This example provides a deep glimpse into the complexities I am speaking of in terms of how gender and sexuality systems operate through continuous mechanisms of exclusion and heirechization. This person can be said to have lived many years as a woman professionally located at the higher echelons of global academia. Then she transitions as a man and we can suppose that this implies moving further up. But this is not really so because in the system logic she is not a “real man”, despite all his other intellectual, or even class attributes. If exclusion and disqualification happens at that level it is not hard to imagine what happens at lower end of the pyramid – if somebody is poor black trans man born and living in a country in the global South.
So until now I have been talking about the effects of power dynamics, in particular male dominance or androcentrism in the dynamics of LGBTQI politics. But we must remember that cis women, even feminists are also caught into the same webs of meanings and related asymmetries. The better known illustration is found in those feminist currents that do not problematize “women” as a constructed category and firmly believe in the existence of “real women” whose fundamental marker is a natural vagina. Furthermore they do not conceive feminisms as world visions – something that is fundamentally constructed in our minds, between your ears – but as also dependent on this “real vagina”. These are the streams that I often call expressions of “vaginism”.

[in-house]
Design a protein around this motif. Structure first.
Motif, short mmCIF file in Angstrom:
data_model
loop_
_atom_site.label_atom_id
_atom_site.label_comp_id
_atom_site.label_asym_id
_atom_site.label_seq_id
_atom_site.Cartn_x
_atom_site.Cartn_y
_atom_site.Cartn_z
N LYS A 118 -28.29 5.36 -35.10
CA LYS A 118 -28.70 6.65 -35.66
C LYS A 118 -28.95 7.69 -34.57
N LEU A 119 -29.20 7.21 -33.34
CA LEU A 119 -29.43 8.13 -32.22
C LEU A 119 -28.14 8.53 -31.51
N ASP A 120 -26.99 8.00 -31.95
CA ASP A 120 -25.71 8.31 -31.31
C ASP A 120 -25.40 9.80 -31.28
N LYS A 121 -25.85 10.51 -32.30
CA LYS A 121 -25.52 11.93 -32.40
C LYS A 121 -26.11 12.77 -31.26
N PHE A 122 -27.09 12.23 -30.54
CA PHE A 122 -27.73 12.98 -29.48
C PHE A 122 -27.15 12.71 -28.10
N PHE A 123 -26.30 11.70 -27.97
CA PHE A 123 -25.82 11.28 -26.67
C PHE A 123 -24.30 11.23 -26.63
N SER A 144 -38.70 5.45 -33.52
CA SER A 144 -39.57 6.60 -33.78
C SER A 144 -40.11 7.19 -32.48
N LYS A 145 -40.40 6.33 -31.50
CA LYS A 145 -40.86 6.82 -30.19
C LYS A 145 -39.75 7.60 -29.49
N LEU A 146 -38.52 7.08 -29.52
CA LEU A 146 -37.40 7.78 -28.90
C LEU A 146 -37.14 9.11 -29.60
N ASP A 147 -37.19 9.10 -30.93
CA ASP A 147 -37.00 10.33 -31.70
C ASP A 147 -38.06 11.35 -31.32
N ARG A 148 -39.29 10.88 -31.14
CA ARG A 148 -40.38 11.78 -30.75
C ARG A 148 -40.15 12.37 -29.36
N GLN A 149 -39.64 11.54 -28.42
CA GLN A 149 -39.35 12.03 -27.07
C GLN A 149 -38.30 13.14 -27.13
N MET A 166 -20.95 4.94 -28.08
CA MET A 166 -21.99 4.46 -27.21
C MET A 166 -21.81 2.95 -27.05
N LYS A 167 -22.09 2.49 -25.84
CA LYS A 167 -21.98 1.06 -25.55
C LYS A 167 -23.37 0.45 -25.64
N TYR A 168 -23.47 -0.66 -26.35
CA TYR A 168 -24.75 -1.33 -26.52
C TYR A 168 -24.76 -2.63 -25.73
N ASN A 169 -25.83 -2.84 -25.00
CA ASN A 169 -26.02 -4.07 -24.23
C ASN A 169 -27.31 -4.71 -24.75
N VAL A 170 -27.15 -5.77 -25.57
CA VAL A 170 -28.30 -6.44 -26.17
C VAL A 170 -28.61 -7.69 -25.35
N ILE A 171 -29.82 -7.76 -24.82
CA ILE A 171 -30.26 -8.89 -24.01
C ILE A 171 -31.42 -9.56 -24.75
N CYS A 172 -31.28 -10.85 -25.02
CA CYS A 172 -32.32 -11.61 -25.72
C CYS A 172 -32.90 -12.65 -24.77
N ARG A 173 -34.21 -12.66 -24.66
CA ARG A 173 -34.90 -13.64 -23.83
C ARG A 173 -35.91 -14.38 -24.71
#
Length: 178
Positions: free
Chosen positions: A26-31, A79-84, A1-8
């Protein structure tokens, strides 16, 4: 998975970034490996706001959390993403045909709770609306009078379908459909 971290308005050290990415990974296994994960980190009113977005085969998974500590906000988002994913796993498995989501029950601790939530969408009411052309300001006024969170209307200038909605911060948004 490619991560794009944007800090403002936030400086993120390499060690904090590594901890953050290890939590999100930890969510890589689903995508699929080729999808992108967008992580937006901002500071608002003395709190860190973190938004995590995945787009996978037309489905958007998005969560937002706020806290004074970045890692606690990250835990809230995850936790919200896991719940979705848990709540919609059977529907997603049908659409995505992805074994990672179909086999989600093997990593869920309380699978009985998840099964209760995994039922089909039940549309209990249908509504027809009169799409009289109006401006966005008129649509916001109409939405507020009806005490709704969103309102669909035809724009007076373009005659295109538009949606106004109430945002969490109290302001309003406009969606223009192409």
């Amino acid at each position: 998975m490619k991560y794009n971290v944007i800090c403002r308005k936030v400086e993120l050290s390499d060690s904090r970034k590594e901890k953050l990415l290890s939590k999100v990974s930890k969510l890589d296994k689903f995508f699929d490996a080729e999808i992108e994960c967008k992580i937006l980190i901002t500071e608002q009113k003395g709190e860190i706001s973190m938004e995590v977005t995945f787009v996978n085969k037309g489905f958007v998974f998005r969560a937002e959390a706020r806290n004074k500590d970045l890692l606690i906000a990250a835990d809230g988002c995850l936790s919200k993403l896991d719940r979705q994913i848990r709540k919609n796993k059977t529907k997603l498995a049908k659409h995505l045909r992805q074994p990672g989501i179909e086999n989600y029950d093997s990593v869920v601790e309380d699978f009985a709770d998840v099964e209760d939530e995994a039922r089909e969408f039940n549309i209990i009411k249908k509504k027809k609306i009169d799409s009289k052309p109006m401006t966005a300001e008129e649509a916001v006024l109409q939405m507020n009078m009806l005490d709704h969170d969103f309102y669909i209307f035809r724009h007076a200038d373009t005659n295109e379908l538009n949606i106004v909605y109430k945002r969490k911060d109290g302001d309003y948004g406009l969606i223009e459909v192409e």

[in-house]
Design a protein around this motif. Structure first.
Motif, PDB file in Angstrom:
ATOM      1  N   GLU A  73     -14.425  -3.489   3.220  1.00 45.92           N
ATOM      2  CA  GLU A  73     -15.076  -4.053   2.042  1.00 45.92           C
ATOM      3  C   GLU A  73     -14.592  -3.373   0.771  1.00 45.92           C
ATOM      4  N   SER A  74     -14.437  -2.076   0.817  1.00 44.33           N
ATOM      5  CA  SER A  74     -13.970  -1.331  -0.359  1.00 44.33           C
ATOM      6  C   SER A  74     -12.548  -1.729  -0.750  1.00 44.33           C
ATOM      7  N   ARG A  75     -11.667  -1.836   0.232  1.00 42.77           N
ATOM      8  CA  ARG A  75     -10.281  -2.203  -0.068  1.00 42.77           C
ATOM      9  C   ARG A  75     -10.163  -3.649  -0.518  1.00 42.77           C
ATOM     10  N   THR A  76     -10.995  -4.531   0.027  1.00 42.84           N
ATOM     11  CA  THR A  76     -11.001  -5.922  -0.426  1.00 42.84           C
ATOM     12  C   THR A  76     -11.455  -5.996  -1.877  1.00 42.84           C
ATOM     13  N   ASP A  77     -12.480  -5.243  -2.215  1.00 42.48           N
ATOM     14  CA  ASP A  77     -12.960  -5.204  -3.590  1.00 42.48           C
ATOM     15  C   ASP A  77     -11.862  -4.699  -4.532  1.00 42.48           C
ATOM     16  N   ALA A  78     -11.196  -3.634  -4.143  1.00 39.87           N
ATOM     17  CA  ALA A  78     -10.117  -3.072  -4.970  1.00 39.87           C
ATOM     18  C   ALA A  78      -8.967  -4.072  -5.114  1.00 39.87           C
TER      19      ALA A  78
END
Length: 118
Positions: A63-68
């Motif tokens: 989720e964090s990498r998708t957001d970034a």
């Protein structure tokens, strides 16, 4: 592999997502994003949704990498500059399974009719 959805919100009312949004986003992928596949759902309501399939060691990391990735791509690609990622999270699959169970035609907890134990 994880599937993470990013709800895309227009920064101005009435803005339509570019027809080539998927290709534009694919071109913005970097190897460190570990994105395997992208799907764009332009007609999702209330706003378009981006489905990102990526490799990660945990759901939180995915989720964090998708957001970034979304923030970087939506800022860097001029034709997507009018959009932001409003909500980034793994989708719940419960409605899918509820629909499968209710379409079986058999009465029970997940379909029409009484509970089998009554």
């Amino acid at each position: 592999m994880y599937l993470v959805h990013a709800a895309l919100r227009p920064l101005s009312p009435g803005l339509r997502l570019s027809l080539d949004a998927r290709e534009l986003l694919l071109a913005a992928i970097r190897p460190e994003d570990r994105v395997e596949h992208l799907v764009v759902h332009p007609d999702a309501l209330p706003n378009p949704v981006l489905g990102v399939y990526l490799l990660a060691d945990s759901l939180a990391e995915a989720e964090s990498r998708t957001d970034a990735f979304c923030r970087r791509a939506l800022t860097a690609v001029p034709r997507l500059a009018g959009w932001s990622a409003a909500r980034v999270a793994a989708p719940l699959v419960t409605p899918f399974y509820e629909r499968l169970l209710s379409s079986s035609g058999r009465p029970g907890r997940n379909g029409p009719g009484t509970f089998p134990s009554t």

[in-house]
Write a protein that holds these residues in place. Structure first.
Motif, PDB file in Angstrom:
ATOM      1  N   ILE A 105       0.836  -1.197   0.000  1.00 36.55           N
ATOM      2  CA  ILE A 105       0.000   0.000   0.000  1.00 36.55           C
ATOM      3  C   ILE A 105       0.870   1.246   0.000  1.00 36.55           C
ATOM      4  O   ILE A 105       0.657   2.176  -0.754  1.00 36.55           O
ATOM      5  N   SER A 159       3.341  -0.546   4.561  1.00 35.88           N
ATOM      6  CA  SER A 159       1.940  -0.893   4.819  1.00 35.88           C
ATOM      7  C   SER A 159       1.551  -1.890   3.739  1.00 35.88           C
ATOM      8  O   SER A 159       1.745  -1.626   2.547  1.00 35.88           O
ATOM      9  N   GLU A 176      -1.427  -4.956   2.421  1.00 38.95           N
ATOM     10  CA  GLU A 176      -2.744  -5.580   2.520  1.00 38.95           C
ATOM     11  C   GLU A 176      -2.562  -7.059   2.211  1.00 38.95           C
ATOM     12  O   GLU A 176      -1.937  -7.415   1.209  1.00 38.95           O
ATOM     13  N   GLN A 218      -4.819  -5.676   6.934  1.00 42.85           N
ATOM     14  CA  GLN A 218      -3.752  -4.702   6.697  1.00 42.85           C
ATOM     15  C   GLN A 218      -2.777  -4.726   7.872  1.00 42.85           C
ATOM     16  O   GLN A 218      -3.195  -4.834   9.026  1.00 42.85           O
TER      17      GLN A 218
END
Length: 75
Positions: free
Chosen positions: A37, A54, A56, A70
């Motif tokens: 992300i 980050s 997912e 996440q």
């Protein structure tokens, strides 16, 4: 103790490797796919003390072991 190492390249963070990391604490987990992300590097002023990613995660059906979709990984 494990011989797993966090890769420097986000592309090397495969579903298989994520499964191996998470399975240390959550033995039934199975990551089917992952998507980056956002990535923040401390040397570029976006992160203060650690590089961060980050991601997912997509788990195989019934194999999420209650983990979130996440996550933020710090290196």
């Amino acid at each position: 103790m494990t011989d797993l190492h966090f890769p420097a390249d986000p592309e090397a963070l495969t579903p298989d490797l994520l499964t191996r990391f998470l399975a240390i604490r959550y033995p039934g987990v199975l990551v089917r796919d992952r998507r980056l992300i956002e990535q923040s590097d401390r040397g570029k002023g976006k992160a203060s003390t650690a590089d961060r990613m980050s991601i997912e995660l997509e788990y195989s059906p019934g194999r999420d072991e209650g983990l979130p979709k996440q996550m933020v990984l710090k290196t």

Sexuality Policy Watch usually addresses reproductive rights together with sexual rights?
Yes we do not see these concepts or related struggles as isolated but rather connected though also distinct domains. We give particular attention to abortion because it is the issue that is now located at the very troubled political front lines, everywhere. But there are many important reproductive rights issues that also deserve to be constantly visible, such as prohibitions of contraception that are not unrelated to prohibition of condoms. Or yet more compelling, the problem of forced sterilization of trans people, which is as critical a violation of human rights as the massive forced sterilization of women in India that, once again, has reached the front pages.
And do you think that there are some parallels between abortion and LGBT rights? Perhaps because they are both questions which confront conservative and religious ideas about reproductive sexualities?
Yes, the Catholic doctrine is a a strategic place for us to look at to grab the connections, because it a discourse that at once aims at fixing the natural and unchangeable woman and man binary structure. This thereby makes non-heterosexual expressions of desires or identity – which the Church intellectuals define as polymorphous sexuality – abject, and centres this male-female natural relation’s procreative capacity. And thereby stigmatizes all forms of non-procreative sexuality – except of course priests’ and nuns’ celibacy. This radical condemnation evidently includes the refusal to procreate, which is abortion.
But Catholic doctrines change, as we do know, and in recent years it has absorbed the calls for gender equality in its own way, admitting that women deserve “dignity” – a very unstable concept in this context as it may be interpreted as honour – and have started to openly condemn violence against women. But at the same time they have sophisticated further, their doctrinal conceptions of the gender binary and its intrinsic imbrication with procreation. From the feminist and LGBTIQ movements perspective, therefore, the struggle against this conception would be an evident common political platform.